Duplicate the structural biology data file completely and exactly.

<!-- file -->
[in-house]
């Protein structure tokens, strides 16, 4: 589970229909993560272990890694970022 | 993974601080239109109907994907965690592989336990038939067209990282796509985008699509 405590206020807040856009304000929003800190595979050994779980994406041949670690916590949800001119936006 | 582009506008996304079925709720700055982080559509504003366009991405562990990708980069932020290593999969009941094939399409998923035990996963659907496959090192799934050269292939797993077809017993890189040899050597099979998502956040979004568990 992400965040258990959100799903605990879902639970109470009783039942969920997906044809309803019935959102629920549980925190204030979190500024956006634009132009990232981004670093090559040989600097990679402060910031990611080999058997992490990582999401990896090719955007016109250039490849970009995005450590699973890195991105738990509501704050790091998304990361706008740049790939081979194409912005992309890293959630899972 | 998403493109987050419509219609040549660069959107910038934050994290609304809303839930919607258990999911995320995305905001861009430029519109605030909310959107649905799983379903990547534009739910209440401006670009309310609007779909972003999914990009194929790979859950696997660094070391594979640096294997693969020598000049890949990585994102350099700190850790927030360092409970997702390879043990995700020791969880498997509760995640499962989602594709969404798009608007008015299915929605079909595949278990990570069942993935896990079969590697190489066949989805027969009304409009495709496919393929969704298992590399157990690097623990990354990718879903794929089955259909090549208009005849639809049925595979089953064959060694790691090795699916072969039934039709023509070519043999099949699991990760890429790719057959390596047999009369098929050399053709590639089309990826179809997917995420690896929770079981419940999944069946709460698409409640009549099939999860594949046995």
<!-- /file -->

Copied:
[in-house]
């Protein structure tokens, strides 16, 4: 589970229909993560272990890694970022 | 993974601080239109109907994907965690592989336990038939067209990282796509985008699509 405590206020807040856009304000929003800190595979050994779980994406041949670690916590949800001119936006 | 582009506008996304079925709720700055982080559509504003366009991405562990990708980069932020290593999969009941094939399409998923035990996963659907496959090192799934050269292939797993077809017993890189040899050597099979998502956040979004568990 992400965040258990959100799903605990879902639970109470009783039942969920997906044809309803019935959102629920549980925190204030979190500024956006634009132009990232981004670093090559040989600097990679402060910031990611080999058997992490990582999401990896090719955007016109250039490849970009995005450590699973890195991105738990509501704050790091998304990361706008740049790939081979194409912005992309890293959630899972 | 998403493109987050419509219609040549660069959107910038934050994290609304809303839930919607258990999911995320995305905001861009430029519109605030909310959107649905799983379903990547534009739910209440401006670009309310609007779909972003999914990009194929790979859950696997660094070391594979640096294997693969020598000049890949990585994102350099700190850790927030360092409970997702390879043990995700020791969880498997509760995640499962989602594709969404798009608007008015299915929605079909595949278990990570069942993935896990079969590697190489066949989805027969009304409009495709496919393929969704298992590399157990690097623990990354990718879903794929089955259909090549208009005849639809049925595979089953064959060694790691090795699916072969039934039709023509070519043999099949699991990760890429790719057959390596047999009369098929050399053709590639089309990826179809997917995420690896929770079981419940999944069946709460698409409640009549099939999860594949046995």